What is child support?
- Child Support is money paid by a parent for the financial care for their children.
- Child support is paid directly to the custodial parent (parent whom the child resides with most of the time) for use for the needs of the children. Even if parents share physical/residential custody of the children, the higher-earning parent may have to pay child support to the lower-earning parent.
Child Support usually includes:
- Basic child support intended to pay for housing, food, clothing and other basic needs of the children.
- Child care – contribution by the non-custodial parent for childcare necessary for a third party to take care of the children while the custodial parent is at work.
- Extracurricular activities and after-school activities of the children
- Medical insurance and unreimbursed medical, dental and related needs of the children.
Even if the child works part time or is a college student and lives away at college, the non-custodial parent may have to pay child support
How do I receive child support?
- Child support is paid based on a court order.
- A custodial parent may receive child support through a divorce proceeding in Supreme Court or through Family Court. Both are court proceedings/cases where a judge issues a Child Support Order (decision).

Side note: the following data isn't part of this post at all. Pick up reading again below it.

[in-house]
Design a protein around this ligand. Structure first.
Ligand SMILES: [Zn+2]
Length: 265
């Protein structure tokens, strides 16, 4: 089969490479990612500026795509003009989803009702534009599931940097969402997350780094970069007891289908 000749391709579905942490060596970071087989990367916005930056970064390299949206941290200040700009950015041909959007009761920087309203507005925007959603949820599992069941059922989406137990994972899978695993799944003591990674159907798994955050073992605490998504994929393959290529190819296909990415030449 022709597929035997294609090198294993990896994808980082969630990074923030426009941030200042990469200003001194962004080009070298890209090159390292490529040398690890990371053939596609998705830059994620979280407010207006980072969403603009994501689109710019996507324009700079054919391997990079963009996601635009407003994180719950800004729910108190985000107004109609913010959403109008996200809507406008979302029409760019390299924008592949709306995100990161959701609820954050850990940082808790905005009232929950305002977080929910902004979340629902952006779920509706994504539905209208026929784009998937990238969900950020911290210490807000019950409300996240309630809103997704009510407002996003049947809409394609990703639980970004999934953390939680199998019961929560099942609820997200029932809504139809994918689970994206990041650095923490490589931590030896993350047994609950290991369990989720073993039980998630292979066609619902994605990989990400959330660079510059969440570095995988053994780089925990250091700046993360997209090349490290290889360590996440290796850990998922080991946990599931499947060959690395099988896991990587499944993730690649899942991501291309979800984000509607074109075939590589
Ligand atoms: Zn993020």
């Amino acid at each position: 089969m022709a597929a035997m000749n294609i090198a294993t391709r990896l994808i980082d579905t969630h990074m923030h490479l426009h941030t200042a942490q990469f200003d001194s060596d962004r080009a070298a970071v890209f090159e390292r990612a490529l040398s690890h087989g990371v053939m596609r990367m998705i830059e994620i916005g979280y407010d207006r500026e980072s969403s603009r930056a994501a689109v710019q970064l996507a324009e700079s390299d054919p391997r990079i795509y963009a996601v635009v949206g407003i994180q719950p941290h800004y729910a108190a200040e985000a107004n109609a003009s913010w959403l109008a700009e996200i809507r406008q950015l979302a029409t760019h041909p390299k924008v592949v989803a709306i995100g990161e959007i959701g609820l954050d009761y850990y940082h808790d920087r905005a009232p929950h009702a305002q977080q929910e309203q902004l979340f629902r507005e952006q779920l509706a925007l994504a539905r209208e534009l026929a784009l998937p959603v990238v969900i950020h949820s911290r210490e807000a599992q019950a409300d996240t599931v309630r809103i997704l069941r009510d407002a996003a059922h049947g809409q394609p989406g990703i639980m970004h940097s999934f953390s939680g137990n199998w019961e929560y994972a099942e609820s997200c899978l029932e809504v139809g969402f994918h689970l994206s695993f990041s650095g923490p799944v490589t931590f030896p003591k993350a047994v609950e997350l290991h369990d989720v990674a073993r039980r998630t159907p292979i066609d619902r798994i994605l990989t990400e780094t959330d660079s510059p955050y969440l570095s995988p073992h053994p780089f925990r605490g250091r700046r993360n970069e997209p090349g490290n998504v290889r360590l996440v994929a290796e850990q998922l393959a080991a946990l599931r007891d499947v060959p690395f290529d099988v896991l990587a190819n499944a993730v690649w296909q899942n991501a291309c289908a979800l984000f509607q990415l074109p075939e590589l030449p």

- Child support may be paid directly in cash or by check by the non-custodial parent, or collected by the Support Collection Unit from the payor parent’s payroll and wages from the payor’s work wages
- The parties have to follow the state child support guidelines set forth in domestic relations laws, or may agree to opt-out and agree to a different amount with a written spelled out explanation for the deviation reasoning (for example: if the non-custodial parent waives claims to certain assets, they may pay a lower child support).
How is child support calculated?
There is a specific income-based formula for calculating child support. The court applies this formula to the incomes of both parents.
The court will ask to see your 3 most recent tax returns, W-2 forms and 1099s, proof of any other income including pensions, disability insurance payments, unemployment insurance payments, social security benefits, business earnings, and several fresh current pay stubs for proof of income for both parents.
Certain tax payments and payment of other child support is subtracted from the gross income before the formula is applied.
Once the adjusted gross income figures are clear, income of both parents is added together.
Next, the court multiplies the combined parental income by a percentage:
- 17% for one child
- 25% for two children
- 29% for three children
- 31% for four children
- 35% for five or more children
Third, the court divides that amount based upon each parent’s income so that the non-custodial parent pays his/her share to the custodial parent. Percentages are applied proportional to the relationship of the parents’ income to each other. The higher earning parent pays a higher % of the child support.
Finally, the court considers other factors and circumstances relevant to the calculation to ensure that the child support awarded is fair to both the payor and the payee